What do you tell a discouraged seminary graduate who runs into the dreaded “10 years minimum experience” requirement?

Which does your church prefer?

I recently spoke to graduating seminarians about the daunting task of finding vocational ministry employment in today’s church culture.

During one of the Q&A sessions this question came up. I offered some specific guidance on how to approach the Pastor Search Team in this situation.

In this article I’d like to back away from specifics and address the question, “Why is it stupid for the Pastor Search Team to prefer older pastors over younger ones?”

1 – It’s a direct violation of scriptural mandate

1 Timothy 4:12 is an open-and-shut case against bias in favor of older, more experienced pastors.

Let no one despise you for your youth, but set the believers an example in speech, in conduct, in love, in faith, in purity.

That should be the end of it.

But there are two other compelling reasons why the bias in favor of older pastors is lame.

2 – Older pastors won’t relate easily to Millennials

The majority of “seasoned” pastors are well-schooled in church growth rhetoric and the attractional church model. This consumer oriented approach operates on the twin assumptions that (1) people know they should attend church and (2) they would if they found one that appealed to them.

But it’s common knowledge that ecclesiastical consumerism is a turnoff for Millennial believers. Rather than something to consume they seek a cause to serve. [1]

Older pastors with decades of experience find it hard to forsake training and practices honed over the years.[2] In private conversations many tacitly acknowledge the shortcomings of the church growth movement (or, more accurately, what has become of it) but find it hard to fathom any other way of doing ministry.

If a church wants to reach the younger generations the search committee will need to lay aside this silly insistence that a potential candidate have X+ years of experience.

3 – Older pastors typically don’t continue to develop

Pastor Search Teams insisting on some magic “minimum experience” level are naive. They imagine that wisdom and skill improve from putting in the hours.

I can tell you definitively that’s nonsense.

Most pastors are too busy keeping the plates spinning. He has little time for personal or professional development. An annual denominational meeting doesn’t cut it. 3 or 4 days per year at a conference or convention may load her up with slick notebooks and a reading list, but it’s doubtful she’ll be able to carve the time out of an already busy schedule to push the initiative forward.

The vast majority of older pastors don’t engage in professional development.[3] Medical and legal societies require members to acquire CEUs to remain in professional practice. Churches don’t so their pastors won’t.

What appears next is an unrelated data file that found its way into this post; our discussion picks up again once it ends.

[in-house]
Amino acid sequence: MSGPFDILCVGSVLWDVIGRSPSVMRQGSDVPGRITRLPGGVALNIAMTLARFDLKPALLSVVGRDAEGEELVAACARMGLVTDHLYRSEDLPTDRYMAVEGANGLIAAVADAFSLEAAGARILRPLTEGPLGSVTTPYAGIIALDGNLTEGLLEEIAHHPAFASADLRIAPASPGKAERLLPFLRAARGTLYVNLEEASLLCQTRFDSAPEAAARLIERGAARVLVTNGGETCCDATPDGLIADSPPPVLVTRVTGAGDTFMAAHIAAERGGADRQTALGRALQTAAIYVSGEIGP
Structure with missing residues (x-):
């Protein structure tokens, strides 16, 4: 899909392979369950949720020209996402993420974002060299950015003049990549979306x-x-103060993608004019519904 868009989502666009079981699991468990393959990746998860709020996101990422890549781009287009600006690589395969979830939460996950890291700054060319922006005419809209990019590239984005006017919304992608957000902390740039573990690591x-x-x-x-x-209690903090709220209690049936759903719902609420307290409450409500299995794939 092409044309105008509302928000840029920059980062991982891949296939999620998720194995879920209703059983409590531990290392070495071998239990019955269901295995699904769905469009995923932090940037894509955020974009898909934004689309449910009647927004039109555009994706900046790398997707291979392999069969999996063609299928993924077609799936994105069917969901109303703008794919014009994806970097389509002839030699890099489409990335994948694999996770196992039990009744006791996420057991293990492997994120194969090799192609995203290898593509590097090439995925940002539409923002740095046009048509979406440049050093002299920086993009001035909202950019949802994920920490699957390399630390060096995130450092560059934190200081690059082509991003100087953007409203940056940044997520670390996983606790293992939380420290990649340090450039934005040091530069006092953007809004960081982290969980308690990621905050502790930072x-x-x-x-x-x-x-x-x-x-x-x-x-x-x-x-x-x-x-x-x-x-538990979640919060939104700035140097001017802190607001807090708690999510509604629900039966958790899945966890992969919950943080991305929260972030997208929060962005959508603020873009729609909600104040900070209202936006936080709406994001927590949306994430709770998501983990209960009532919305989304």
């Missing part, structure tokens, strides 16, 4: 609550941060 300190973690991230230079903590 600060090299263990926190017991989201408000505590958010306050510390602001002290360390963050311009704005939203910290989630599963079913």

Ironically, younger pastors also struggle with the need for continuing professional education. They have their own laments about what they didn’t learn in seminary.[4]

The point is simply this: Years of service is no guarantee that a pastor has acquired the skills and wisdom needed to fill that position.

I recognize the need for some means of sorting through resumes to identify potential good fits. But rather than using an arbitrary number of calendar pages, the Pastor Search Team should think of specific leadership behaviors, relational skills, temperament[5] and chemistry.

For example, a Pastor Search Team may require 10 years of experience in hopes that candidates will have the ability to help them with _____________________  (fill in the blank). What’s the problem they’re trying to solve?

  • There’s significant conflict in the church that needs resolution?
  • The church has lost connection with the Missio Dei?
  • A financial crisis is a year away if income doesn’t improve?
  • There are no effective channels for spiritual maturation of the congregants?

If you put a pencil to it you’ll find that Pastor Search Teams use a “minimum experience” qualifier to (1) reduce the deluge of resumes and (2) hopefully find someone who can help them with their problem. But common sense tells us that they shouldn’t be looking at time served but expertise and wisdom.

The number of Pastor Search Teams that go brain dead on this issue are legion.


Smart Pastor Search Teams don’t have a “maximum age restriction”; they recognize the foolishness of giving preference to candidates who’ve ripped fewer pages off the calendar. A minister who engages in lifelong professional development will have greater skills and wisdom than younger pastors.[6]

Neither will they have a “minim experience” requirement. This practice rests on unfounded assumptions that don’t bear scrutiny in the real world.

If you’re on a Pastor Search Team that is insisting on a certain age or experience requirement, tell them to stop it!

  1. Michael Gryboski, “Evangelist: Church Failing Millennials by Not Giving Them a ‘Cause'”.  â†©
  2. This is not a universal truth. There are many highly experienced pastors that remain innovative. But they are in the minority; if pressed I would guess that they are in the 15% range.  â†©
  3. Invariably experienced pastors – often with 20 and 30 years of experience – will ask, “Why didn’t someone tell me this stuff 20 years ago? Why isn’t this taught in our seminaries?” when they’ve completed our training course.  â†©
  4. See Matt Smethurst, “Young Pastor, Here’s What I Wish I’d Known.”  â†©
  5. Our companion website, The Turnaround Pastor, identifies research into the distinction between turnaround pastors and non-turnaround pastors. The research is clear: the prime differences are in temperament and relational skills. Age and experience are irrelevant.  â†©
  6. That’s the essence of my argument in an earlier article. See “3 Reasons Its Stupid to Prefer Younger Pastors.”  â†©